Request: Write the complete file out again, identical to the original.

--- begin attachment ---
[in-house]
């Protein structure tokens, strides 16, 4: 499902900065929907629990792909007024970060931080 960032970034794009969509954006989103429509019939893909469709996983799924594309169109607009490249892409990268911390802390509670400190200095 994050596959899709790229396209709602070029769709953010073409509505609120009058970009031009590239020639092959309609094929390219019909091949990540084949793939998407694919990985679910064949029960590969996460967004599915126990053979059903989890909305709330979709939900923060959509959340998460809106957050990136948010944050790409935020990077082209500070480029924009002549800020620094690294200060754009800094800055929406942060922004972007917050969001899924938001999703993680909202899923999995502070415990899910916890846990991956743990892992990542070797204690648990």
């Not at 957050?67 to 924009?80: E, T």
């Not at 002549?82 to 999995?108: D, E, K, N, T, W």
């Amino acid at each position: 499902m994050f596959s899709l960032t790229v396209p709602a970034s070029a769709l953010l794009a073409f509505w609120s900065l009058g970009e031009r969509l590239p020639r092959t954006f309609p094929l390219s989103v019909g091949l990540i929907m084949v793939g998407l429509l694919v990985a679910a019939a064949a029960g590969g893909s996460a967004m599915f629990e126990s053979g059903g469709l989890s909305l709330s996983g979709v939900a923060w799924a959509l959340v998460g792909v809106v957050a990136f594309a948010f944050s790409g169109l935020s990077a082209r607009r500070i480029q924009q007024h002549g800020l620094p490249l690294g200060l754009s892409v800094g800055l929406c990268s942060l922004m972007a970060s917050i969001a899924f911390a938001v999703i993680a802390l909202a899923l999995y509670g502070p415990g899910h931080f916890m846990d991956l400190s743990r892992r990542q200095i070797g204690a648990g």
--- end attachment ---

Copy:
[in-house]
């Protein structure tokens, strides 16, 4: 499902900065929907629990792909007024970060931080 960032970034794009969509954006989103429509019939893909469709996983799924594309169109607009490249892409990268911390802390509670400190200095 994050596959899709790229396209709602070029769709953010073409509505609120009058970009031009590239020639092959309609094929390219019909091949990540084949793939998407694919990985679910064949029960590969996460967004599915126990053979059903989890909305709330979709939900923060959509959340998460809106957050990136948010944050790409935020990077082209500070480029924009002549800020620094690294200060754009800094800055929406942060922004972007917050969001899924938001999703993680909202899923999995502070415990899910916890846990991956743990892992990542070797204690648990």
């Not at 957050?67 to 924009?80: E, T």
């Not at 002549?82 to 999995?108: D, E, K, N, T, W």
């Amino acid at each position: 499902m994050f596959s899709l960032t790229v396209p709602a970034s070029a769709l953010l794009a073409f509505w609120s900065l009058g970009e031009r969509l590239p020639r092959t954006f309609p094929l390219s989103v019909g091949l990540i929907m084949v793939g998407l429509l694919v990985a679910a019939a064949a029960g590969g893909s996460a967004m599915f629990e126990s053979g059903g469709l989890s909305l709330s996983g979709v939900a923060w799924a959509l959340v998460g792909v809106v957050a990136f594309a948010f944050s790409g169109l935020s990077a082209r607009r500070i480029q924009q007024h002549g800020l620094p490249l690294g200060l754009s892409v800094g800055l929406c990268s942060l922004m972007a970060s917050i969001a899924f911390a938001v999703i993680a802390l909202a899923l999995y509670g502070p415990g899910h931080f916890m846990d991956l400190s743990r892992r990542q200095i070797g204690a648990g």